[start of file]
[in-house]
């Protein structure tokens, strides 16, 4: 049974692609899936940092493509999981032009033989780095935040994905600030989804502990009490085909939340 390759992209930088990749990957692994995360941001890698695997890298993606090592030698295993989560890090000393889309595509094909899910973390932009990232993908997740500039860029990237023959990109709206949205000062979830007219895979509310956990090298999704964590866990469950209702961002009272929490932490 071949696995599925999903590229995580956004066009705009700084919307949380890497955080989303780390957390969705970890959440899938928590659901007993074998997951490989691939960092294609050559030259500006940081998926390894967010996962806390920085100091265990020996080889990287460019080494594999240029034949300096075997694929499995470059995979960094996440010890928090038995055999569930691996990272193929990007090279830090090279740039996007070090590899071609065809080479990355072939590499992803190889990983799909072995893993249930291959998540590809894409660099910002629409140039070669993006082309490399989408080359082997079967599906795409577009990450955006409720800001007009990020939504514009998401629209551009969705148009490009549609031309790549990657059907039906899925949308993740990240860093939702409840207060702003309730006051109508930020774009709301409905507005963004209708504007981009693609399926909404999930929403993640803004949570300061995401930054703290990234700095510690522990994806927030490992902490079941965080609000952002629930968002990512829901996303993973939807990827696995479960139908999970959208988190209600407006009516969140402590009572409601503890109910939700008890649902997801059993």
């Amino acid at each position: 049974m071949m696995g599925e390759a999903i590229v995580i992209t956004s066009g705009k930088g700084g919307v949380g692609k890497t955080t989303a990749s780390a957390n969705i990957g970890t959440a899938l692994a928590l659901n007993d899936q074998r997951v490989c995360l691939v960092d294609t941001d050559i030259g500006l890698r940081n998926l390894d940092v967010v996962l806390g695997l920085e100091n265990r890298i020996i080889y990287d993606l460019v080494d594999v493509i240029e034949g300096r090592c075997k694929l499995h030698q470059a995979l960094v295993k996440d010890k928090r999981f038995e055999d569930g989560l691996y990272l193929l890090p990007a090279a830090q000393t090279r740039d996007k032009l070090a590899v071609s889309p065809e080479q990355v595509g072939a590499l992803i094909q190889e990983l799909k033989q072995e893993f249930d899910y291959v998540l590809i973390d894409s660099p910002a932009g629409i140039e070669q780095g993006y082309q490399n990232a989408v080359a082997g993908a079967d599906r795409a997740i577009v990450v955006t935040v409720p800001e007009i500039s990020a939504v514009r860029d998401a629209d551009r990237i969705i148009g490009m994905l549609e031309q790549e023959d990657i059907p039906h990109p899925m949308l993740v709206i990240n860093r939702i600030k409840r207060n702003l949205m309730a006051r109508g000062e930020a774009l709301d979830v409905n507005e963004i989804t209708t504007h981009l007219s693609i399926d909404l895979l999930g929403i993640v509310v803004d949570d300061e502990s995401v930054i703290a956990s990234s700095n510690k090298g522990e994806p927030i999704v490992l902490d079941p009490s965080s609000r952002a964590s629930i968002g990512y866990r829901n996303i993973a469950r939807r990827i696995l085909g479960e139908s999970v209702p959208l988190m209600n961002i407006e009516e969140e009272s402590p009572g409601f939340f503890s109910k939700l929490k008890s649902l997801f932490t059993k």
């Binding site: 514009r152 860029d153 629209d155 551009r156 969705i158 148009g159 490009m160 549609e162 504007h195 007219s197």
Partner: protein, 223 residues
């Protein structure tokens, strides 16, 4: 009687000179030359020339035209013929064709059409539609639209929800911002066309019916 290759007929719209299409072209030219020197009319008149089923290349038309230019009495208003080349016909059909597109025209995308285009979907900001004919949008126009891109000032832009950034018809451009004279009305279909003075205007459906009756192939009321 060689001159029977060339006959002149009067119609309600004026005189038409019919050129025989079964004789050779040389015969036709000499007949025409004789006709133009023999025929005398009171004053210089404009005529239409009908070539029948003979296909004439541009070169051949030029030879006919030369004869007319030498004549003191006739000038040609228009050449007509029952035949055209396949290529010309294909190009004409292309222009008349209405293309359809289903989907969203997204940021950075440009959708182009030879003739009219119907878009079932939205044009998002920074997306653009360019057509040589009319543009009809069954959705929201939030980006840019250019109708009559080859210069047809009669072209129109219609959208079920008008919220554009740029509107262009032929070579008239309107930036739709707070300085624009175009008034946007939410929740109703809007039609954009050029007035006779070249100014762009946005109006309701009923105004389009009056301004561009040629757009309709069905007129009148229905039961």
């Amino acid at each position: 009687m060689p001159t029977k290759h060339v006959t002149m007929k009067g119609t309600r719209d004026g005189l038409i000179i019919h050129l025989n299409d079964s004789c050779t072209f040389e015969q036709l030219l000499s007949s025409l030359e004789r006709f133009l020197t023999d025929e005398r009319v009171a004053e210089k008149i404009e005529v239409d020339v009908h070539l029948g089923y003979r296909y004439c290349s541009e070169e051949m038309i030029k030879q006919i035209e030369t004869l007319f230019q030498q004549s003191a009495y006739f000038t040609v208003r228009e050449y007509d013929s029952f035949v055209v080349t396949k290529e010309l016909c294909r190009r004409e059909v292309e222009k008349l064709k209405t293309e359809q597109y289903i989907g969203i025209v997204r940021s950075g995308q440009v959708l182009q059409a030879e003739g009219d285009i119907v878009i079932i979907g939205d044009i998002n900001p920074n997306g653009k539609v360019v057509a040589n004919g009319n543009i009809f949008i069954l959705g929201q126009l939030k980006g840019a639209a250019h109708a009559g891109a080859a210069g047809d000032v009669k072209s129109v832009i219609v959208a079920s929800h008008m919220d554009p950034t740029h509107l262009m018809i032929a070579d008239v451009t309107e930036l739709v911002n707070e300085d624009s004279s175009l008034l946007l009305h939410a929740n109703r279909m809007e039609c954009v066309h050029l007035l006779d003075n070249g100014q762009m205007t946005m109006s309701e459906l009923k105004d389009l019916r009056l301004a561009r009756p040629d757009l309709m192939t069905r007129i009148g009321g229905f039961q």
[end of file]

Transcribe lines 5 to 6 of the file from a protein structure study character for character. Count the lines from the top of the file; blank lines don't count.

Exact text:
Partner: protein, 223 residues
């Protein structure tokens, strides 16, 4: 009687000179030359020339035209013929064709059409539609639209929800911002066309019916 290759007929719209299409072209030219020197009319008149089923290349038309230019009495208003080349016909059909597109025209995308285009979907900001004919949008126009891109000032832009950034018809451009004279009305279909003075205007459906009756192939009321 060689001159029977060339006959002149009067119609309600004026005189038409019919050129025989079964004789050779040389015969036709000499007949025409004789006709133009023999025929005398009171004053210089404009005529239409009908070539029948003979296909004439541009070169051949030029030879006919030369004869007319030498004549003191006739000038040609228009050449007509029952035949055209396949290529010309294909190009004409292309222009008349209405293309359809289903989907969203997204940021950075440009959708182009030879003739009219119907878009079932939205044009998002920074997306653009360019057509040589009319543009009809069954959705929201939030980006840019250019109708009559080859210069047809009669072209129109219609959208079920008008919220554009740029509107262009032929070579008239309107930036739709707070300085624009175009008034946007939410929740109703809007039609954009050029007035006779070249100014762009946005109006309701009923105004389009009056301004561009040629757009309709069905007129009148229905039961």